African-American Religion Interpretive Essays In History And Culture

African-American Religion Interpretive Essays In History And Culture-43
The initial volumes of the project's fourteen-volume edition of King's papers have contributed to a new understanding of King's graduate school experiences, demonstrating that his academic writings, though flawed by serious instances of plagiarism, were often reliable expressions of his complex, evolving Weltanschauung.Moreover, King's writings make clear that his roots in African-American religion did not necessarily separate him from European-American theological influences, because many of the black religious leaders who were his role models were themselves products of predominantly white seminaries and graduate schools.

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While a theology student at Morehouse College, King, Sr., had been exposed to the liberal theological ideas of C. A year later he became chairman of the Committee on the Equalization of Teachers' Salaries, which was formed to protest against discriminatory policies that paid higher salaries to white teachers than to equally qualified blacks.

In spite of receiving threatening hate letters, he played a leading role in the sustained struggle for pay equity.' King's firm insistence that the Christian church should participate in civil rights activities set him apart from politically conservative scriptural fundamentalists.

He reflected, "I had never given this matter a thought, and even at the time of [my] baptism I was unaware of what was taking place." King admitted that he "joined the church not out of any dynamic conviction, but out of a childhood desire to keep up with my sister." In the same sketch, he wrote that, although he accepted the teachings of his Sunday school teachers until he was about twelve, this uncritical attitude could not last long, for it was contrary to the very nature of my being.

I had always been the questioning and precocious type.

As he sought to resolve religious doubts that had initially prevented him from accepting his calling, King looked upon European-American theological ideas not as alternatives to traditional black Baptist beliefs but as necessary correctives to those beliefs.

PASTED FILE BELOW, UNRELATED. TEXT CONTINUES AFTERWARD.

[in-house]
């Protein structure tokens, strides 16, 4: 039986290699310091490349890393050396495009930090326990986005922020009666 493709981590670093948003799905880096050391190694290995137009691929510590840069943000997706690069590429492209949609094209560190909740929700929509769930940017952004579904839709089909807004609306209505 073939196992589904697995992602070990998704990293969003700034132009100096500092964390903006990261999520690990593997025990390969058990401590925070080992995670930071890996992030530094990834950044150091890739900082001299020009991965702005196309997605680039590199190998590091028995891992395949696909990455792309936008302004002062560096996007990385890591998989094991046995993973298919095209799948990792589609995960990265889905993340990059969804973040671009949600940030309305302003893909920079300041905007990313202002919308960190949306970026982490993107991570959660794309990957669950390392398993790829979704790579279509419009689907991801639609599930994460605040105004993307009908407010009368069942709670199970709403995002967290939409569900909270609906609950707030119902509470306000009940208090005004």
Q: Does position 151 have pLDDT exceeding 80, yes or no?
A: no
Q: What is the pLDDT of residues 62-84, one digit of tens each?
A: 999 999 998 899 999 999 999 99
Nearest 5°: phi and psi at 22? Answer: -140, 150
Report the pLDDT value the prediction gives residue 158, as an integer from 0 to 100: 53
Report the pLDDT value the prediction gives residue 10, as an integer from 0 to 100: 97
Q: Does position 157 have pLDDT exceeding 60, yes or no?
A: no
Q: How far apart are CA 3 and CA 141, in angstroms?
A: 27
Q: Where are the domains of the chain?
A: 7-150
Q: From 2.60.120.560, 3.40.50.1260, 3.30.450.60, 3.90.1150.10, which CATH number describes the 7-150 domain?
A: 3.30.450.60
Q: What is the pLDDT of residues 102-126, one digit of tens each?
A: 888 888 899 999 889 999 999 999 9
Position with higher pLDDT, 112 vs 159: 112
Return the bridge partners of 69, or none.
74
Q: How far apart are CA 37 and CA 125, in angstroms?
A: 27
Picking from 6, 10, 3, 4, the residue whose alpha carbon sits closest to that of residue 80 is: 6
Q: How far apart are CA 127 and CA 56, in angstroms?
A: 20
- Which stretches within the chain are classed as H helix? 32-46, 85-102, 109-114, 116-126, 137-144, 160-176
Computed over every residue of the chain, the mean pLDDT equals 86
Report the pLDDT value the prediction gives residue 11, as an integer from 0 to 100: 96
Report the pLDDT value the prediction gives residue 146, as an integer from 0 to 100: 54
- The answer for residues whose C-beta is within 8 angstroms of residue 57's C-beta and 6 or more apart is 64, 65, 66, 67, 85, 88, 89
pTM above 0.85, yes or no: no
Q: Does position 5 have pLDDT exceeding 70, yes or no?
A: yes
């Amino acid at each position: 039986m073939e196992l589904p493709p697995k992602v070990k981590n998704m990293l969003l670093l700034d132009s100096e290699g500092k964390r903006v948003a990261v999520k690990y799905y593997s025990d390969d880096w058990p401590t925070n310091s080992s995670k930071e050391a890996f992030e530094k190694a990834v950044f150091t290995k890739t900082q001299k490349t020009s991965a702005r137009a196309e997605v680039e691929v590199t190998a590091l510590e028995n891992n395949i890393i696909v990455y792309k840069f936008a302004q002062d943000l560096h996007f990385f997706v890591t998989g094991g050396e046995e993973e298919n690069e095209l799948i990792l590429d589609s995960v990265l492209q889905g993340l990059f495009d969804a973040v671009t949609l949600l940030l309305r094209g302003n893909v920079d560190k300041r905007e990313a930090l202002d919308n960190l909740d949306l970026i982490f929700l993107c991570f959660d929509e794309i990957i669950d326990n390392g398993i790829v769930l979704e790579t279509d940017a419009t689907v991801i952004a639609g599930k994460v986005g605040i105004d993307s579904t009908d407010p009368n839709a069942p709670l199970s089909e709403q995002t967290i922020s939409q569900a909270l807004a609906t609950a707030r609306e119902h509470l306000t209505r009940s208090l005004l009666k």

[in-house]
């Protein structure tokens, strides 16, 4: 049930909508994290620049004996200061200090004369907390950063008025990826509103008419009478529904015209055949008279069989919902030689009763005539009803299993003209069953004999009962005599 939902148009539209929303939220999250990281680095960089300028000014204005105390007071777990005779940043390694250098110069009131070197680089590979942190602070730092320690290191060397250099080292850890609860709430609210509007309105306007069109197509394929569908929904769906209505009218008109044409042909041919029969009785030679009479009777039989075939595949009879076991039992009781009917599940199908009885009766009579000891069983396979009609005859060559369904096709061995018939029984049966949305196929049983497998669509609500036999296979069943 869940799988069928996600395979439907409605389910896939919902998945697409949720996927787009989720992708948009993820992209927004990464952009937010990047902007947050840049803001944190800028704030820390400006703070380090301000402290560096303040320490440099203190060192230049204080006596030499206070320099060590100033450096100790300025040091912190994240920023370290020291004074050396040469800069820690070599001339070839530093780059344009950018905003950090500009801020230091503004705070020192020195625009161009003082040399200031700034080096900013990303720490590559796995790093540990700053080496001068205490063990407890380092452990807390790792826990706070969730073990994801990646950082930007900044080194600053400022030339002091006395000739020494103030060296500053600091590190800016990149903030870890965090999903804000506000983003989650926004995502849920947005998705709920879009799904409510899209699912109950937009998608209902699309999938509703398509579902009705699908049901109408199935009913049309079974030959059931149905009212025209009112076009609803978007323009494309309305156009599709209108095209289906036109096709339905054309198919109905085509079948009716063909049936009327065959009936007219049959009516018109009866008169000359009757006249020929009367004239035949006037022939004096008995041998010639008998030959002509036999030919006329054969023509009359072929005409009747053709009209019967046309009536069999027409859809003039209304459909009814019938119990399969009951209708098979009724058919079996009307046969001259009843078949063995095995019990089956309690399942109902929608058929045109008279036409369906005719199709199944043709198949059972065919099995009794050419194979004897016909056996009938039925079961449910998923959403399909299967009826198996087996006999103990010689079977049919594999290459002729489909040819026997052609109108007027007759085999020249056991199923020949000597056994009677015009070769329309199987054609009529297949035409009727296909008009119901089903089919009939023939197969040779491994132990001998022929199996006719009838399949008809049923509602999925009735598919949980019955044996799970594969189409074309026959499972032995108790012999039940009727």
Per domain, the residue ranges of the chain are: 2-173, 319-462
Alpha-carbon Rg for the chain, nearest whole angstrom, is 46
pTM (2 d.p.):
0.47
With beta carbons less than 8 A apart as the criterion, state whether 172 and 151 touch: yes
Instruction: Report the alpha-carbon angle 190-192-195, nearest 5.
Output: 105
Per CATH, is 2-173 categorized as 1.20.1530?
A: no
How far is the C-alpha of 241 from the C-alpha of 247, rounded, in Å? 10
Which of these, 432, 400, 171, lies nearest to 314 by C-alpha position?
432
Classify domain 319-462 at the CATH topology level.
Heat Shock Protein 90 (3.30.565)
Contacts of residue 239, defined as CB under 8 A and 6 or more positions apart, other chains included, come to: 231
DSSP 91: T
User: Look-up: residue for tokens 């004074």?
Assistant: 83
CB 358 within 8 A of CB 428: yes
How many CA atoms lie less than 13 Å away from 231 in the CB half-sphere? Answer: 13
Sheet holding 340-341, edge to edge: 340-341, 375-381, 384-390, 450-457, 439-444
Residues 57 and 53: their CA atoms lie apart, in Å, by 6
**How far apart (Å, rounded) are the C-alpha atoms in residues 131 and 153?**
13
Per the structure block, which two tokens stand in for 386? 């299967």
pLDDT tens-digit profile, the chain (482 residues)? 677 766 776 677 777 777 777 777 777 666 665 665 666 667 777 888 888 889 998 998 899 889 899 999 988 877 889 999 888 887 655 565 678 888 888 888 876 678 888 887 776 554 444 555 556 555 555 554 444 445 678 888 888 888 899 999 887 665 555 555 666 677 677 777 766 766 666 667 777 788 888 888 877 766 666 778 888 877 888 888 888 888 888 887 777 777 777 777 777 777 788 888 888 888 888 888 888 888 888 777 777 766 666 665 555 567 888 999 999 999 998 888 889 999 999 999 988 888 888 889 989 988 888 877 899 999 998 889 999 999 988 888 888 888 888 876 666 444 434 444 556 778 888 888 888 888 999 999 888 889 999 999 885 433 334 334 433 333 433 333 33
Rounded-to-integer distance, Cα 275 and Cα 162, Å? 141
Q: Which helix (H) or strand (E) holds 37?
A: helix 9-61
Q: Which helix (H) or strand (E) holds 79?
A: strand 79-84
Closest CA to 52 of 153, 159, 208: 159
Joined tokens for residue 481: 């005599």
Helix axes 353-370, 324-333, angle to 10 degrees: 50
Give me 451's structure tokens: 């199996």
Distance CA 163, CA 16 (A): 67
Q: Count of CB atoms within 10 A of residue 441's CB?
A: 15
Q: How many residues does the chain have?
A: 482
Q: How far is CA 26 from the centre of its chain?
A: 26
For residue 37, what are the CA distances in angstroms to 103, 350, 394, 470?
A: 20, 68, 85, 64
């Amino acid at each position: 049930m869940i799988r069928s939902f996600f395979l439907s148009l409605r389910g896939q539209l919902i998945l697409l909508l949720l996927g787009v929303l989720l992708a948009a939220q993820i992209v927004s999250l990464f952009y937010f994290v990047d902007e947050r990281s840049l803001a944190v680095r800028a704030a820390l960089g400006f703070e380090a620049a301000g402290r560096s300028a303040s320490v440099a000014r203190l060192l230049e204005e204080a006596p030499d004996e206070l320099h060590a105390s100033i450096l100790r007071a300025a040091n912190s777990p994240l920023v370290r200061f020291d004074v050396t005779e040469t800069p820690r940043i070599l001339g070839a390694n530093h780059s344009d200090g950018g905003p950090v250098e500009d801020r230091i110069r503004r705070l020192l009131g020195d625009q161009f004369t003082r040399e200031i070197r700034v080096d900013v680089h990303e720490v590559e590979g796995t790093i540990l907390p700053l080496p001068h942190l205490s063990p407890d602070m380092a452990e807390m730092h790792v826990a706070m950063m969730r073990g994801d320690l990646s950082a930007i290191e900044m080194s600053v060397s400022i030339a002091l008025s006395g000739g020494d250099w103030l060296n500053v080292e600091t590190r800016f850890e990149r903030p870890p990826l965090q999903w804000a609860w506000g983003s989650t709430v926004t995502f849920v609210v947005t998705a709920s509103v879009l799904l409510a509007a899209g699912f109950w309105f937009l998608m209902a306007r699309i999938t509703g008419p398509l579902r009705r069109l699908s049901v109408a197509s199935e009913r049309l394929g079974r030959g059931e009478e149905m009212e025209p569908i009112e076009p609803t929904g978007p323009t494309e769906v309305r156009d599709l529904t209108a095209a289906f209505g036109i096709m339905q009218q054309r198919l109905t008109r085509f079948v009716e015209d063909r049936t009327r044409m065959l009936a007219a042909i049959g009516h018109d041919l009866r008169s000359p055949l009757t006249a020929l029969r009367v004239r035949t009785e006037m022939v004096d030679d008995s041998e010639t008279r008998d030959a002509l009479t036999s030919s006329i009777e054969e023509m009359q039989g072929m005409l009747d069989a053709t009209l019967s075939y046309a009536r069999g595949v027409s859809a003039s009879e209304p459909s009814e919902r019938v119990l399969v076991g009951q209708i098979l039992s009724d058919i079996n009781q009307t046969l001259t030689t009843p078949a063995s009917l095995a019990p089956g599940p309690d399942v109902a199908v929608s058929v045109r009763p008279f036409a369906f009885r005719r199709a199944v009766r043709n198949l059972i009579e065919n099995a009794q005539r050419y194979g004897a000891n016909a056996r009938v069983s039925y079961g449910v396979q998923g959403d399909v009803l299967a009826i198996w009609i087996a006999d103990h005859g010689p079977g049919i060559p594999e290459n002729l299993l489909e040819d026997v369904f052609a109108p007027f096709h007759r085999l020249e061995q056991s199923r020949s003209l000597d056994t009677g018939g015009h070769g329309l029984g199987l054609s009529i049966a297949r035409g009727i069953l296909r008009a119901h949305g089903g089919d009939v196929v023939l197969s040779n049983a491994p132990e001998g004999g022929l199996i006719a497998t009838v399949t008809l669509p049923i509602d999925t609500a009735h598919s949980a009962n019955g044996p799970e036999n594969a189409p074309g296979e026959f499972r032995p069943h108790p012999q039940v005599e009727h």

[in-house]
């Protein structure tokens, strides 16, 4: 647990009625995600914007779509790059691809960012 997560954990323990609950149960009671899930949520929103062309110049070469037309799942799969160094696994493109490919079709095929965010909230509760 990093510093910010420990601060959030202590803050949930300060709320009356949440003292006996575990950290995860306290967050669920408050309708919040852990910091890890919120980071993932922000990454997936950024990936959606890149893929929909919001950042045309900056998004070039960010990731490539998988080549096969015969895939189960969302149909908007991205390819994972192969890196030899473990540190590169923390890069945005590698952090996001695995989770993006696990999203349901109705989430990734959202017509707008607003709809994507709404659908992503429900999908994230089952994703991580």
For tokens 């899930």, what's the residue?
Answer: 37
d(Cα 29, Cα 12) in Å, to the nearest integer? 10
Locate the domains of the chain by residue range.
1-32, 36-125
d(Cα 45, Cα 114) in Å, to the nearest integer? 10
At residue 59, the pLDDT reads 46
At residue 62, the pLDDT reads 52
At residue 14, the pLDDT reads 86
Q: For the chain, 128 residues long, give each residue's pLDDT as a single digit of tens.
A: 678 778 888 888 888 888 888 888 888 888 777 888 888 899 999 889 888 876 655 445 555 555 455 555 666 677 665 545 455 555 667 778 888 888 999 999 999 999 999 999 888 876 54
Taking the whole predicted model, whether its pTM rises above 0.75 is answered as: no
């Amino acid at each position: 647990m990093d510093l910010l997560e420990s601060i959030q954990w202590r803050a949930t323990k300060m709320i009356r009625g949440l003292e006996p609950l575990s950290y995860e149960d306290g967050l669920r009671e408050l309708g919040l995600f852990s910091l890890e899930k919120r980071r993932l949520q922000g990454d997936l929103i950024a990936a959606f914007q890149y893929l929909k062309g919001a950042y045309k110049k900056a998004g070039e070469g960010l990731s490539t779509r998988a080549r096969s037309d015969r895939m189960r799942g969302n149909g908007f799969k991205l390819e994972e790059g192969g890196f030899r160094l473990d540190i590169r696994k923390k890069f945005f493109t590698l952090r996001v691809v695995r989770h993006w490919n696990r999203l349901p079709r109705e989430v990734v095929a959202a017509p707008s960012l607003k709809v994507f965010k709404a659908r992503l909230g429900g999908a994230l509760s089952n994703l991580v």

Tracing the evolution of his religious beliefs in a sketch written at Crozer entitled "An Autobiography of Religious Development," King recalled that an initial sense of religious estrangement had unexpectedly and abruptly become apparent at a Sunday morning revival meeting he attended at about the age of seven.Martin Luther King, Sr., continued this tradition of social gospel activism after he married Williams's only daughter in 1926. Ebenezer tried to be an anchor as the storm rose." After taking over Ebenezer upon Williams's death in 1931, Martin Luther King, Sr., expanded the scope of his predecessor's politically engaged ministry.Although his son would sometimes depict him as a conservative, King, Sr., identified himself as a social gospel preacher who believed that his ministry should be focused on the everyday needs of his congregation rather than otherworldly concerns. As the two ministers struggled to retain the loyalty of their congregations during the Great Depression, King recalled that Williams insisted, "Whosoever carries the word must make the word flesh." King explained that Williams used church funds to "make food available to the hungry and clothes to those without them. Early in 1935, he organized meetings to encourage blacks to register to vote and, despite resistance from more cautious clergyman and lay leaders, organized a march to City Hall.the feeling for ceremonies and ritual, the passionate love of Baptist music") and skills ("a great speaker ...and he sang, too, in a fine, clear voice") that would prepare him for a preaching career.In 1940, he revealed his commitment to social gospel Christianity in an address on "the true mission of the Church" delivered to the Atlanta Missionary Baptist Association: Quite often we say the church has no place in politics, forgetting the words of the Lord, 'The spirit of the Lord is upon me, because he hath [anointed] me to preach the Gospel to the poor; he hath sent me to heal the broken-hearted, to preach deliverance to the captives, and the recovering of sight to the blind, to set at liberty them that are bruised." ...God hasten the time when every minister will become a registered voter and a part of every movement for the betterment of our people.The Martin Luther King, Jr., Papers Project has contributed to this scholarly trend by documenting the King family's long-standing ties to Ebenezer Baptist Church and the social gospel ministries of his father and grandfather, both of whom were civil rights leaders as well as pastors.The King project's research also suggests, however, that the current trend in scholarship may understate the extent to which King's African-American religious roots were inextricably intertwined with the European-American intellectual influences of his college years.He also led a successful drive to pressure white officials into providing improved educational facilities for black children.This effort resulted in the establishment of a black high school that Martin Luther King, Jr., later attended.


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